Second, my respect for President Obama has increased dramatically by his handling of the transfer of power to a man who actively questioned his nation of birth and religion for many years.  What an incredible show of restraint, and respect for our nation and its laws!   Not to mention his plea for Americans to honor the results, results that may virtually wipe out his legacy and all that he did to advance the causes of those who elected him, twice.  Could you have been so polite, so willing to put the nation ahead of your personal disappointment?  Has anyone ever in our political history?  It would be a great boon to unity if Fox News would relate this information to its audience.  Perhaps just that one nod to civility would help move the needle a bit towards understanding that it is OK for political and philosophical disagreements to exist, in fact preferable in a democracy, but not OK to demonize those on the other side and to promote the belief that there is only one right opinion.  We must respect those on the other side if we wish to convince them of our perspective.     

But the real point of this post was to discuss prejudice, and its insidious effect on our great country.

Clearly, racial bias, and xenophobia were factors in this election.  NOT THE DECIDING FACTOR HOWEVER.  Let me make that point clear, again.  Trump won the election because he won over middle America, hard working men and women who feel that the American dream has been stolen from them, and Trump promised them he would fix that problem.  Had the Democrats and Clinton learned that lesson from the success of Bernie Sanders primary challenge, we might have had a different result, but they assumed that Trump's negatives would win the day.  One might even say that they assumed that it was OK to discount middle America's angst, believing that Trump's forays into belittling virtually anyone not a white male, would force the voters to choose her as the lesser of two evils.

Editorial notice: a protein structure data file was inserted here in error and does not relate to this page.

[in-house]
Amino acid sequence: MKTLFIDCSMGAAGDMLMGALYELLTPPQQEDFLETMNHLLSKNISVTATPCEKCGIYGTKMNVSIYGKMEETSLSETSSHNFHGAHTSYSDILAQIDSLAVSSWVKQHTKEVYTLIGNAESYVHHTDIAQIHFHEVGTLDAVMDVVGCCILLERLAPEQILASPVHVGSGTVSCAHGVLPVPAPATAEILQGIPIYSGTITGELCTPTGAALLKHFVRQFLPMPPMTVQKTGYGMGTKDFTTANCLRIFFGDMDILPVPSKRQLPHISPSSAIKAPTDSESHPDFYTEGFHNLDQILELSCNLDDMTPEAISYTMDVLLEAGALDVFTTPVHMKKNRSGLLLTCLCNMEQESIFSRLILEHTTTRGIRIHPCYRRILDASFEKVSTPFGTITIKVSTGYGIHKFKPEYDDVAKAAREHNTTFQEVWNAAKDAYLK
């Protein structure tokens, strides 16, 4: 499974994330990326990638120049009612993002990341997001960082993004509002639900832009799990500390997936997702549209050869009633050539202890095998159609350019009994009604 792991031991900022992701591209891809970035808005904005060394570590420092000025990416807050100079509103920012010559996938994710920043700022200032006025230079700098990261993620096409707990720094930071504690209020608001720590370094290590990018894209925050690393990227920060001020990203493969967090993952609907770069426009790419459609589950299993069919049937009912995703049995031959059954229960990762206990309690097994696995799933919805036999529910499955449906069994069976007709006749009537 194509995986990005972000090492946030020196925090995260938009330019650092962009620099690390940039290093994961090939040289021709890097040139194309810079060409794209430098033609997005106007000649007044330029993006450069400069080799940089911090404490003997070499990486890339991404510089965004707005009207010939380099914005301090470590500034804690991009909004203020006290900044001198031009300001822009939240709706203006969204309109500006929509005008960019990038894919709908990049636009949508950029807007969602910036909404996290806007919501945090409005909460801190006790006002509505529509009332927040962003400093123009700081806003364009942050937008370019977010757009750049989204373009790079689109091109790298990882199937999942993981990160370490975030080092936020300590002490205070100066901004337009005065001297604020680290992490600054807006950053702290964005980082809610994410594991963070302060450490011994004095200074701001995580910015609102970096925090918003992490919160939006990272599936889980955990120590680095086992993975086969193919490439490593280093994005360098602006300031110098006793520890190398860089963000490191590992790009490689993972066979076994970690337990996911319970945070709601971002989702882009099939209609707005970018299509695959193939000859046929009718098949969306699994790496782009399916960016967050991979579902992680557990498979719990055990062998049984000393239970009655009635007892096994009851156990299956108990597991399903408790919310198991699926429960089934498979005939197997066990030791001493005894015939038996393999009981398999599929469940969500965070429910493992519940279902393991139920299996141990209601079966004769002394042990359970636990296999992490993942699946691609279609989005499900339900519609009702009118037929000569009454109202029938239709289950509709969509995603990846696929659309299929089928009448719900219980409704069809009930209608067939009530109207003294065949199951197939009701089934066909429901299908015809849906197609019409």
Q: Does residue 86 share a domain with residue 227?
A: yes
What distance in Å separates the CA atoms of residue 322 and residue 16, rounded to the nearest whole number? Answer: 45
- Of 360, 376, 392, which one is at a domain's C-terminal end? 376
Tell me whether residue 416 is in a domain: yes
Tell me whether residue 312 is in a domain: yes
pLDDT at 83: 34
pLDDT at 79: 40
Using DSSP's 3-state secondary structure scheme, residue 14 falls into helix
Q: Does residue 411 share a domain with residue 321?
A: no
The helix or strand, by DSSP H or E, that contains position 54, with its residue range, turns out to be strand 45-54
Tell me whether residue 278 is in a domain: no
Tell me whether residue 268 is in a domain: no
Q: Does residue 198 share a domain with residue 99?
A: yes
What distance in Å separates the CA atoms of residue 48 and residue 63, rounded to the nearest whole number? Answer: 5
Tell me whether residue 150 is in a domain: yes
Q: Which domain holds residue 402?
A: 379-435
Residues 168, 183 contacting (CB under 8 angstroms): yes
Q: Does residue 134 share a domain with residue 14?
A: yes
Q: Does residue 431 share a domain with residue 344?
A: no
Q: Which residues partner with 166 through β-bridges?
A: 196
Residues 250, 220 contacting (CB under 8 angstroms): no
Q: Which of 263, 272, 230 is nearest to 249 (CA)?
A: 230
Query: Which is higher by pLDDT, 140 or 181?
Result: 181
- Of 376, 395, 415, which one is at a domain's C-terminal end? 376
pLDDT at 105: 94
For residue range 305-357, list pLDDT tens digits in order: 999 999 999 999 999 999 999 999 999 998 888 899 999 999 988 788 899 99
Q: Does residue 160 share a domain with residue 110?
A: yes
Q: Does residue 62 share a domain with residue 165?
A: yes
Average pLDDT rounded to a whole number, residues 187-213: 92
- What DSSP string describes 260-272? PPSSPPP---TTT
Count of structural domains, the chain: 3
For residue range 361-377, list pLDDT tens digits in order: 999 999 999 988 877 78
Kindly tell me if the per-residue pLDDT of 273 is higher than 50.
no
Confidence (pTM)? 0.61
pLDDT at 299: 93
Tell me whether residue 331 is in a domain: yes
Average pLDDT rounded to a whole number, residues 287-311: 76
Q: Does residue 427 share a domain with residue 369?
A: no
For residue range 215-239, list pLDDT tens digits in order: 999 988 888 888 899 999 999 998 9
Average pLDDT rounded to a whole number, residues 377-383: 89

And this is why we need to address our own Trumpness, so to speak.  We all exhibit bias, demean those we think we are better than.  Using terms like redneck and white trash to describe some Trump supporters is no different than those who would call our First Lady an ape in heels, or who stereotype all illegal immigrants as rapists and criminals.  

Be honest, if you found yourself walking at night in an unfamiliar area and saw 4 or 5 young men approaching, would your first instinct to cross the street?  Hold tight your purse?  Is it more or less the same if the young men have dark skin?  

If a business person, do you look more closely at the resume, or the tattoos or piercings the applicant may have?  

If you are in a public situation where you need to sit within a crowd, do you seek a seat next to someone more like yourself in race, gender or age? 

Prejudice is deep rooted, often the results of generations of biased thinking.  A child who listens at the lap of a white supremacist grandfather and father as they recount tales of suppressing the negro, will more easily develop a deep hatred of that race, just as a black child who hears tales from their family of the white slave owner who abused their ancestors and separated their families.   

This is where I may disagree with some Trump supporters, but, to me, the answer to reducing and someday eliminating prejudice is familiarity with those different from us.  Contact with them.  More diversity, not less.